Symmetric Mean Absolute Percentage Error (SMAPE) is an accuracy metric used for measuring the performance of a forecasting model, especially when you’re interested in symmetrical treatment of over-forecasting and under-forecasting. While the more traditional MAPE (Mean Absolute Percentage Error) has its uses, SMAPE offers a balanced approach in evaluating forecast accuracy. In this article, we’ll cover:

## Table of Contents

- Introduction to SMAPE
- Why Use SMAPE?
- Limitations of SMAPE
- Calculating SMAPE in R
- Using Base R
- Custom Function Approach

- Interpretation of SMAPE
- Conclusion

## 1. Introduction to SMAPE

SMAPE stands for Symmetric Mean Absolute Percentage Error. Unlike MAPE, which can be biased towards either over-forecasting or under-forecasting, SMAPE treats both symmetrically. The formula for SMAPE is:

Where At is the actual value and Ftâ€‹ is the forecasted value at time t, and n is the number of observations.

## 2. Why Use SMAPE?

**Symmetry**: Unlike MAPE, SMAPE is symmetric, meaning it treats over-forecasts and under-forecasts equally.**Scale-Independence**: SMAPE is independent of the scale of the data, useful when comparing forecasts across different scales.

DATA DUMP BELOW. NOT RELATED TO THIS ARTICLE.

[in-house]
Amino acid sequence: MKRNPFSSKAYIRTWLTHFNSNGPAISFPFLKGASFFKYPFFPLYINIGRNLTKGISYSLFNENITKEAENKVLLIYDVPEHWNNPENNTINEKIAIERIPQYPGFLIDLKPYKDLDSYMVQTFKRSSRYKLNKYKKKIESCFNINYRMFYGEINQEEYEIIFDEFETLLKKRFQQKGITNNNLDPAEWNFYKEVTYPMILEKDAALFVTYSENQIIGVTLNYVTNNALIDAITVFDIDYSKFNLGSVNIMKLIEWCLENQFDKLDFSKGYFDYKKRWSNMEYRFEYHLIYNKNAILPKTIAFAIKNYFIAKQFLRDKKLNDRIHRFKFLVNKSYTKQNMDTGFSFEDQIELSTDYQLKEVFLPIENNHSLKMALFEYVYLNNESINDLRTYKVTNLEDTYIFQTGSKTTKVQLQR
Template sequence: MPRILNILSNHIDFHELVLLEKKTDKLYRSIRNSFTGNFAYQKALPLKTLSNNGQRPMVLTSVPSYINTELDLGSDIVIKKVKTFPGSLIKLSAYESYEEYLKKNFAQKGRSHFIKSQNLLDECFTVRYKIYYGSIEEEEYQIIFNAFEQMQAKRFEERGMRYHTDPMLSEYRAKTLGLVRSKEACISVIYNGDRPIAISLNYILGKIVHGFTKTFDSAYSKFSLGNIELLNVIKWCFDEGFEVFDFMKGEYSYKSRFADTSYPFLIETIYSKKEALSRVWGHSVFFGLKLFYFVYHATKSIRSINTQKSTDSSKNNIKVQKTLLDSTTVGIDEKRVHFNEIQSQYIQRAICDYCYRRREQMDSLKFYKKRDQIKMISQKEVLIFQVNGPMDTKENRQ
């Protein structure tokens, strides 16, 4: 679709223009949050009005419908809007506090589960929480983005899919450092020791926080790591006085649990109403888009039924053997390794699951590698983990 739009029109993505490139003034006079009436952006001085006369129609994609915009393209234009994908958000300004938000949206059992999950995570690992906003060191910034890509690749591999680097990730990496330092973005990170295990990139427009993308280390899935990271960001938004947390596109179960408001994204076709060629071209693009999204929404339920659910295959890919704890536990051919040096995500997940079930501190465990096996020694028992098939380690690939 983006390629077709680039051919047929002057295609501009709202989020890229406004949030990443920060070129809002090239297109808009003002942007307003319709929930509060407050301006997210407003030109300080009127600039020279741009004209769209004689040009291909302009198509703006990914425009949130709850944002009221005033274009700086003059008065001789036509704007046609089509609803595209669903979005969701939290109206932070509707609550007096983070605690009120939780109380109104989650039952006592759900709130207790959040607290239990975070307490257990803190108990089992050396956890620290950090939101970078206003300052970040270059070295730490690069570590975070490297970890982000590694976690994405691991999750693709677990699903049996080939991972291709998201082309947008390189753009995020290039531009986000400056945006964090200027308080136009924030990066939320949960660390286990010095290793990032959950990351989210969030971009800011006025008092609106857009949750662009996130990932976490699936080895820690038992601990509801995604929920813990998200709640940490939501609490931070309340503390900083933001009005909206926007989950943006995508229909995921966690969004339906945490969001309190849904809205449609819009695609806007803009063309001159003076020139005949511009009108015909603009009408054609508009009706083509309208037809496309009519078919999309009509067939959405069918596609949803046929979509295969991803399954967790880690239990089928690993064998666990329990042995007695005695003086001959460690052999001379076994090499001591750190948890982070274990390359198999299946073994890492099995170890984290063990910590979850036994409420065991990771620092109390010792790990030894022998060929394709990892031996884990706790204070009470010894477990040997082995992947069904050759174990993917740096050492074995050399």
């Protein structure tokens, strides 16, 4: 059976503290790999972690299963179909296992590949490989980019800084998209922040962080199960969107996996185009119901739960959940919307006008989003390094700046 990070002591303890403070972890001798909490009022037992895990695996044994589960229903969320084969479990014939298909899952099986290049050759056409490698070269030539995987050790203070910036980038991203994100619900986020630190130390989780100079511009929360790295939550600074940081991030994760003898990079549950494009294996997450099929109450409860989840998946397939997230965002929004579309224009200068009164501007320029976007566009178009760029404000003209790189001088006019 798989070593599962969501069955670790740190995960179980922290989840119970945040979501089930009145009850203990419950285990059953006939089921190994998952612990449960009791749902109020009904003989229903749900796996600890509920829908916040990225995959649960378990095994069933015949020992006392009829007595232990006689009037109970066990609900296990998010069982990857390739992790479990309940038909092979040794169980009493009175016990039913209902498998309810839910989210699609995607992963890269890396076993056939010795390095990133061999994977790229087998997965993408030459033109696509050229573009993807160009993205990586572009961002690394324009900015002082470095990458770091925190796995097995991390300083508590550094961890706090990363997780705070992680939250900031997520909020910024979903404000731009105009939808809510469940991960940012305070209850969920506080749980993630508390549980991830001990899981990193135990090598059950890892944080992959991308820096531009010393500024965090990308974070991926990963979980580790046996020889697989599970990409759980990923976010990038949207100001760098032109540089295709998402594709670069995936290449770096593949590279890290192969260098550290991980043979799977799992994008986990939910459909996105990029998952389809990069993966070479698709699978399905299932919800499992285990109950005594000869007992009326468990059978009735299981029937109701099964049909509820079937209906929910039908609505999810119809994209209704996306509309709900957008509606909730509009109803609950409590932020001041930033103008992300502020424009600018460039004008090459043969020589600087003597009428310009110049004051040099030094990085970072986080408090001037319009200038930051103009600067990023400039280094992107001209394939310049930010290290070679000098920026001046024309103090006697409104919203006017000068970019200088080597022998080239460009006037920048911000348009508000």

## 3. Limitations of SMAPE

**Zero Handling**: Similar to MAPE, SMAPE can have issues when the actual value is zero.**Non-Normalized Penalty**: SMAPE does not normalize the error based on the size of the actual or forecasted value, which could be problematic in some cases.

## 4. Calculating SMAPE in R

### 4.1 Using Base R

In Base R, calculating SMAPE is a matter of straightforward vector operations:

```
actual <- c(100, 200, 300, 400, 500)
forecast <- c(110, 195, 290, 405, 480)
smape <- mean(200 * abs(actual - forecast) / (abs(actual) + abs(forecast)))
print(paste("SMAPE: ", round(smape, 2), "%"))
```

### 4.2 Custom Function Approach

You can also write a more customizable function to handle special cases, like when the actual value is zero.

```
custom_smape <- function(actual, forecast) {
smape_value <- mean(200 * abs(actual - forecast) / (abs(actual) + abs(forecast)), na.rm = TRUE)
return(smape_value)
}
smape_custom <- custom_smape(actual, forecast)
print(paste("SMAPE: ", round(smape_custom, 2), "%"))
```

This custom function uses `na.rm = TRUE`

to remove NA values, which can occur when the actual value is zero.

## 5. Interpretation of SMAPE

A lower SMAPE value indicates a better model fit. But remember to consider the limitations and the context of your data before making any conclusions.

## 6. Conclusion

SMAPE offers a symmetrical, scale-independent measure for evaluating forecast accuracy and is computable in various ways in R. By understanding how to calculate and interpret SMAPE, you can make better judgments on the performance of your forecasting models.